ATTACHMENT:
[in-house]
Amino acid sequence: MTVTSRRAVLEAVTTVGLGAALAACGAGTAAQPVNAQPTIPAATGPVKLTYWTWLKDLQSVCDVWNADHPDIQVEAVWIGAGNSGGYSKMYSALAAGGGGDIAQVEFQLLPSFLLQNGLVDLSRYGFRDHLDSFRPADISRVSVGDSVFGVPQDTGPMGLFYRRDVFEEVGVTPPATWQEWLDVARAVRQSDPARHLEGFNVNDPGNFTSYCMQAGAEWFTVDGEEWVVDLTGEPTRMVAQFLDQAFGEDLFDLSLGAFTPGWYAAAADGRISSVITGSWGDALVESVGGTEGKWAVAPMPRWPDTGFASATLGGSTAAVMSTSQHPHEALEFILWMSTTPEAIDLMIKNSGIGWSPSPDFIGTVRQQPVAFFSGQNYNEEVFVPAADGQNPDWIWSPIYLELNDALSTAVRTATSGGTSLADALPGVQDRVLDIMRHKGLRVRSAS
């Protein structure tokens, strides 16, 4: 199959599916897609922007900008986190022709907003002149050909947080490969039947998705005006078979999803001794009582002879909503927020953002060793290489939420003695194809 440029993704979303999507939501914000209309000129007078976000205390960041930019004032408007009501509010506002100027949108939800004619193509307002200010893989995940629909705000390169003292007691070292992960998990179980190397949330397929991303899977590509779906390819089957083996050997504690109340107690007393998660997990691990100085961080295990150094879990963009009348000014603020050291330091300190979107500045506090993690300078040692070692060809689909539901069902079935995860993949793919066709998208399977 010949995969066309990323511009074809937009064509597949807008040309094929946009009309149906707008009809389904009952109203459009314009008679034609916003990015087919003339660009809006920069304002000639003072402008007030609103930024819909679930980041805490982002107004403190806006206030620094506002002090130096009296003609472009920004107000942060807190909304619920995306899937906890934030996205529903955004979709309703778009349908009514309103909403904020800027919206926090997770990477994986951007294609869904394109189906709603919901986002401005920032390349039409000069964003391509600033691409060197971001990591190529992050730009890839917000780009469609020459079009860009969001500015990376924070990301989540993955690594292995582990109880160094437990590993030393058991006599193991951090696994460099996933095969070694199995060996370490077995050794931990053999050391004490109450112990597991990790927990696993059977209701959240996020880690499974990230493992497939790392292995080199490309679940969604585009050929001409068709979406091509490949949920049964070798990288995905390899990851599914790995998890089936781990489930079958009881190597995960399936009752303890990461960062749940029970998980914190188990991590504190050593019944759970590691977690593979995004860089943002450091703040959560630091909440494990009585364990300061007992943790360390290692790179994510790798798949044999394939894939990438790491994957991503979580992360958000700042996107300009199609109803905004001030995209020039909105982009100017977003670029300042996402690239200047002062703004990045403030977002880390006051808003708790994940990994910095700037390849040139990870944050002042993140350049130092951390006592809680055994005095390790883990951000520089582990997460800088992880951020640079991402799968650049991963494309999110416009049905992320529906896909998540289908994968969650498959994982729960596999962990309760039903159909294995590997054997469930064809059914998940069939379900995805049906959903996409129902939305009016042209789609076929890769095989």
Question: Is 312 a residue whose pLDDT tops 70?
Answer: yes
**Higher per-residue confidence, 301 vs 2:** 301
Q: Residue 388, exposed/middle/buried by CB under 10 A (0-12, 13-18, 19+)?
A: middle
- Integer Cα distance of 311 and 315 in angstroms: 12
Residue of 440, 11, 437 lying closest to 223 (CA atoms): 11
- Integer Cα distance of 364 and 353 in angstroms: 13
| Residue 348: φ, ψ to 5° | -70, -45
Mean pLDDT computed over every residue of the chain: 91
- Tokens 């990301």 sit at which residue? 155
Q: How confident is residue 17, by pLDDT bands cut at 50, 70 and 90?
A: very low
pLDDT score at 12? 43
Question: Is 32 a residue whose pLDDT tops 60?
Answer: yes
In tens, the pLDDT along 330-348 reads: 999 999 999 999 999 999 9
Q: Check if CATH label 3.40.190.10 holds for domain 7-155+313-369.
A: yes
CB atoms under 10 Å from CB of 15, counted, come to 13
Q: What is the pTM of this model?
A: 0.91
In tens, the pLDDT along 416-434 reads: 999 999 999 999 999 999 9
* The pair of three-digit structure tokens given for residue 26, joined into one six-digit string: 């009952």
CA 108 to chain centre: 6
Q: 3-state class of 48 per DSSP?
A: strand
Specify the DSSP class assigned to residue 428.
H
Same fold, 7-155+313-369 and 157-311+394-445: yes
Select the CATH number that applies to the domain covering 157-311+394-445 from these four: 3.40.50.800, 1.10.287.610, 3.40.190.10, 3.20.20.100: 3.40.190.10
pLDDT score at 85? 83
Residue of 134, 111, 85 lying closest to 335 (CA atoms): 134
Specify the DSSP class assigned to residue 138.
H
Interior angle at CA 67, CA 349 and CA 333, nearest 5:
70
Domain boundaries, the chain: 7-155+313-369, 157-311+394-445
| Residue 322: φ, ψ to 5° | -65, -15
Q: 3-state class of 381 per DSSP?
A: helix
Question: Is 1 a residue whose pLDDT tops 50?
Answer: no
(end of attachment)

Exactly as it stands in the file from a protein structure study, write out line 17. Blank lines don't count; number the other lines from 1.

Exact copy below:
pLDDT score at 12? 43